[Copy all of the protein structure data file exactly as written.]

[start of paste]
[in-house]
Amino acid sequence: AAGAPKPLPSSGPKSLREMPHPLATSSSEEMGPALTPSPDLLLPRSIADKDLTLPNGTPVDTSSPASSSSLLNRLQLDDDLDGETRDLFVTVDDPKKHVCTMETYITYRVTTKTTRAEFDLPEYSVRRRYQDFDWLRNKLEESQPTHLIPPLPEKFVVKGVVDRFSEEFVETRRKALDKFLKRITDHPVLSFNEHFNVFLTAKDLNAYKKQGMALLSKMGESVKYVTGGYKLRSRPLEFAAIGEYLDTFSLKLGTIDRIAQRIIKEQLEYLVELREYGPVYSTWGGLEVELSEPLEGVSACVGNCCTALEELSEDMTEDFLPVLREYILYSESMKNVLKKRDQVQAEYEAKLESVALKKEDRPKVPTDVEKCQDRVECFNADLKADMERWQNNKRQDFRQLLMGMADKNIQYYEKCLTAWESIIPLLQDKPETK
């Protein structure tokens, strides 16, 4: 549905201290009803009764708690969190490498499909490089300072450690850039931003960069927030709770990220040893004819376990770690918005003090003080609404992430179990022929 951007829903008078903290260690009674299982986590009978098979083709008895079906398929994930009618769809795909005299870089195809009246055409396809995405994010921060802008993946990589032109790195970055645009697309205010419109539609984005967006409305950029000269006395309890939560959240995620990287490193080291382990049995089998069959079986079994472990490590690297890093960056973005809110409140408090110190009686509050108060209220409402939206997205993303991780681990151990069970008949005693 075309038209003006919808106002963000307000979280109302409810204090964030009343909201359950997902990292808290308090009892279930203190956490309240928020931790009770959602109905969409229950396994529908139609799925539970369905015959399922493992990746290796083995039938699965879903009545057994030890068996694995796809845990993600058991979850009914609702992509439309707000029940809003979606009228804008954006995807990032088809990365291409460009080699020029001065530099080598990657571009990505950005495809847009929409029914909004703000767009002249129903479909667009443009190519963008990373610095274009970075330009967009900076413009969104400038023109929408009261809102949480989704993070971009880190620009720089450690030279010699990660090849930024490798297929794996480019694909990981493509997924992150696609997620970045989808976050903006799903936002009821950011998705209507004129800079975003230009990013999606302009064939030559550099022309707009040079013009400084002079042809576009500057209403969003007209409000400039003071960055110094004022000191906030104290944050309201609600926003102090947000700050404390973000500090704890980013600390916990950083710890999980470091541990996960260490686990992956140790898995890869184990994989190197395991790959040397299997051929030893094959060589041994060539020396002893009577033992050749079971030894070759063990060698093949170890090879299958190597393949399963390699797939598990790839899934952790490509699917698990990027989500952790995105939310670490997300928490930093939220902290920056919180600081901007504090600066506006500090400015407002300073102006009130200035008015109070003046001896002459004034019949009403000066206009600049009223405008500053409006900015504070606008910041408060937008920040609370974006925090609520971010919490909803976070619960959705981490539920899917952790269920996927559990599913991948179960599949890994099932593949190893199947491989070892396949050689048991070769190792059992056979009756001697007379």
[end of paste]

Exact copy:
[in-house]
Amino acid sequence: AAGAPKPLPSSGPKSLREMPHPLATSSSEEMGPALTPSPDLLLPRSIADKDLTLPNGTPVDTSSPASSSSLLNRLQLDDDLDGETRDLFVTVDDPKKHVCTMETYITYRVTTKTTRAEFDLPEYSVRRRYQDFDWLRNKLEESQPTHLIPPLPEKFVVKGVVDRFSEEFVETRRKALDKFLKRITDHPVLSFNEHFNVFLTAKDLNAYKKQGMALLSKMGESVKYVTGGYKLRSRPLEFAAIGEYLDTFSLKLGTIDRIAQRIIKEQLEYLVELREYGPVYSTWGGLEVELSEPLEGVSACVGNCCTALEELSEDMTEDFLPVLREYILYSESMKNVLKKRDQVQAEYEAKLESVALKKEDRPKVPTDVEKCQDRVECFNADLKADMERWQNNKRQDFRQLLMGMADKNIQYYEKCLTAWESIIPLLQDKPETK
């Protein structure tokens, strides 16, 4: 549905201290009803009764708690969190490498499909490089300072450690850039931003960069927030709770990220040893004819376990770690918005003090003080609404992430179990022929 951007829903008078903290260690009674299982986590009978098979083709008895079906398929994930009618769809795909005299870089195809009246055409396809995405994010921060802008993946990589032109790195970055645009697309205010419109539609984005967006409305950029000269006395309890939560959240995620990287490193080291382990049995089998069959079986079994472990490590690297890093960056973005809110409140408090110190009686509050108060209220409402939206997205993303991780681990151990069970008949005693 075309038209003006919808106002963000307000979280109302409810204090964030009343909201359950997902990292808290308090009892279930203190956490309240928020931790009770959602109905969409229950396994529908139609799925539970369905015959399922493992990746290796083995039938699965879903009545057994030890068996694995796809845990993600058991979850009914609702992509439309707000029940809003979606009228804008954006995807990032088809990365291409460009080699020029001065530099080598990657571009990505950005495809847009929409029914909004703000767009002249129903479909667009443009190519963008990373610095274009970075330009967009900076413009969104400038023109929408009261809102949480989704993070971009880190620009720089450690030279010699990660090849930024490798297929794996480019694909990981493509997924992150696609997620970045989808976050903006799903936002009821950011998705209507004129800079975003230009990013999606302009064939030559550099022309707009040079013009400084002079042809576009500057209403969003007209409000400039003071960055110094004022000191906030104290944050309201609600926003102090947000700050404390973000500090704890980013600390916990950083710890999980470091541990996960260490686990992956140790898995890869184990994989190197395991790959040397299997051929030893094959060589041994060539020396002893009577033992050749079971030894070759063990060698093949170890090879299958190597393949399963390699797939598990790839899934952790490509699917698990990027989500952790995105939310670490997300928490930093939220902290920056919180600081901007504090600066506006500090400015407002300073102006009130200035008015109070003046001896002459004034019949009403000066206009600049009223405008500053409006900015504070606008910041408060937008920040609370974006925090609520971010919490909803976070619960959705981490539920899917952790269920996927559990599913991948179960599949890994099932593949190893199947491989070892396949050689048991070769190792059992056979009756001697007379």